And today I see her coming straight at me down the hall at the student center.

I smile, she doesn't. I stop, she wants to keep walking, but I am in her way. I say "Hi" and "how have you been?" She is inarticulate. I see her struggling to say something. I see her scowl and I suddenly know she wants to call me terrible names and tell me what I did to her self image. But she says "fine" from between clenched teeth, and moves around me, moves on. And suddenly I remembered for a moment an English teacher I had in freshman year in college in the seventies.

In a debate in the class (was it a real cockroach or just a metaphorical bug in Kafka's "Metamorphosis"?) he embarrassed me in front of everyone. I said it was a metaphor for something else. He said no. Told me I was wrong and didn't know anything. So I argued with him. He told the class not to listen to me. Or at least that is how I remember it. And suddenly I am wondering... Was he really the mean, obnoxious asshole my memory has painted him all these years. Today he would be in his 70s. Probably retired from teaching. I could probably look him up somewhere on the internet. I could ask him what he really thinks of Kafka. I could lay that ghost to rest--if I could remember his name.

I was so upset back then by what he said to me that I didn't go back to that class for two weeks. Nearly failed because of that little "attendance problem." I suspect even if I found him, told him that after all these years I forgive him for damaging my critical view of myself as a "scholar"--lo, those many years ago--he would not really care, would not really know who I was. I am sure he forgot all about me a semester after I was gone out of his class. If he did remember me at all I am sure I was "that kid with all the unexplained absences."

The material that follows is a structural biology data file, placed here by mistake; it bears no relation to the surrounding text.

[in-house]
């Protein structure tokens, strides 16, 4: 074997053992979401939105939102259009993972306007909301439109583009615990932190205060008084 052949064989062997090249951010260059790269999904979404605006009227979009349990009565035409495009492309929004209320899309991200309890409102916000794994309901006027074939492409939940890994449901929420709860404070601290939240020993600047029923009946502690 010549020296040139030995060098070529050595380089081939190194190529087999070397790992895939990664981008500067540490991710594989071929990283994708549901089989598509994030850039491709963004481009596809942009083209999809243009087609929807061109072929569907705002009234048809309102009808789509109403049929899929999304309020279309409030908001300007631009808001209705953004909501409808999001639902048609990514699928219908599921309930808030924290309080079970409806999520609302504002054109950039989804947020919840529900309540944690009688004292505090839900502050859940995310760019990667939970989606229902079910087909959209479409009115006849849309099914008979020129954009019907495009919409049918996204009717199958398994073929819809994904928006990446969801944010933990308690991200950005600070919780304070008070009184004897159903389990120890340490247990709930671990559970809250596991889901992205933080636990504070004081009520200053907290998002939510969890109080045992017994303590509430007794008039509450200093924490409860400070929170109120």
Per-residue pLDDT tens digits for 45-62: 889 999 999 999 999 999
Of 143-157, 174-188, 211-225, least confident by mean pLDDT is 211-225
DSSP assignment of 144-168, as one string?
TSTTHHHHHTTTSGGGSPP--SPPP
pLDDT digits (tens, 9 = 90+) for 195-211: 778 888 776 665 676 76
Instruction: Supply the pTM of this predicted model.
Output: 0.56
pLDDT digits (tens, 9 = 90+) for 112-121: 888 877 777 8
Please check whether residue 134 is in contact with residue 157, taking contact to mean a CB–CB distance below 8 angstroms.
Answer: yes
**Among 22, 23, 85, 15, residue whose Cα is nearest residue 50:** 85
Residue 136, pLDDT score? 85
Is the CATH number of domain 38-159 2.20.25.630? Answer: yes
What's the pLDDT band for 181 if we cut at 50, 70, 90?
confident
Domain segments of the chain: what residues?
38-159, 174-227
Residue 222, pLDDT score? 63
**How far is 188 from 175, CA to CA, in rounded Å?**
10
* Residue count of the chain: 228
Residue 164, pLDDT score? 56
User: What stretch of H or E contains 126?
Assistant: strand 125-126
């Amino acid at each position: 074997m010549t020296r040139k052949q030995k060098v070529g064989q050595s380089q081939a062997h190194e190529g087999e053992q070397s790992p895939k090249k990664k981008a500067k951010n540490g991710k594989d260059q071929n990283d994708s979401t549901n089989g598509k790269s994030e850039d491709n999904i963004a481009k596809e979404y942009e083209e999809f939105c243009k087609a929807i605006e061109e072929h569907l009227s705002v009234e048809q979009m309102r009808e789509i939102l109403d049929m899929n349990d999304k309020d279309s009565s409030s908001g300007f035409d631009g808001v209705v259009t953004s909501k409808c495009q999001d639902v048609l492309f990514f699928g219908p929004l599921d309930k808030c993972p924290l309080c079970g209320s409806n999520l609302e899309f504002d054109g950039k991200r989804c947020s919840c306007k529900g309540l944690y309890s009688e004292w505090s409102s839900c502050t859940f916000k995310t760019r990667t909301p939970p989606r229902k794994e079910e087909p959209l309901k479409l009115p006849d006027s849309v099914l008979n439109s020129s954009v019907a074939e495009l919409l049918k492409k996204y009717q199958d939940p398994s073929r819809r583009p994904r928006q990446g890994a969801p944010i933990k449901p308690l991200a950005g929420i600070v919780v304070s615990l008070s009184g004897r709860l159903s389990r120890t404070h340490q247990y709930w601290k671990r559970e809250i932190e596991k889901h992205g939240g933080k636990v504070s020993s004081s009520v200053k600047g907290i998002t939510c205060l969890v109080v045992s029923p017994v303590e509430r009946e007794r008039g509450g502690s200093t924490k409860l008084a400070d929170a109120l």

How funny and how fragile we humans are. What little it takes to hurt. What little it would take to avoid the hurt. Should I not have critiqued this girl's paper? No. That was my job as a teacher. But perhaps I could have been gentler in my delivery of the bad news. Should she not have taken such offense? Probably she couldn't help but take offense. She reacted just as she had to as the product of her own preset self perceptions, reacted just as I did those many, many years ago. And if she looks me up in ten or twenty or thirty-eight years and one semester later, I hope I remember her. I hope I say something nice.

The other, much smaller, encounter wasn't much of an encounter by comparison. It was mere minutes after the first one. It was another girl who had been in one of my classes two years ago. A girl who I failed because she stopped coming to class. I didn't say anything to this girl. I saw her coming, she saw me coming. I prepared to say "hi." She turned abruptly and went out the side door. Avoided me entirely? Or just needed to go that direction? I don't know. But I had to think about it. And here is the thing that made me think: for the life of me I could not remember her name. I just knew her as that kid with all the unexplained absences. Now I am wondering why.

Sometimes perception is everything.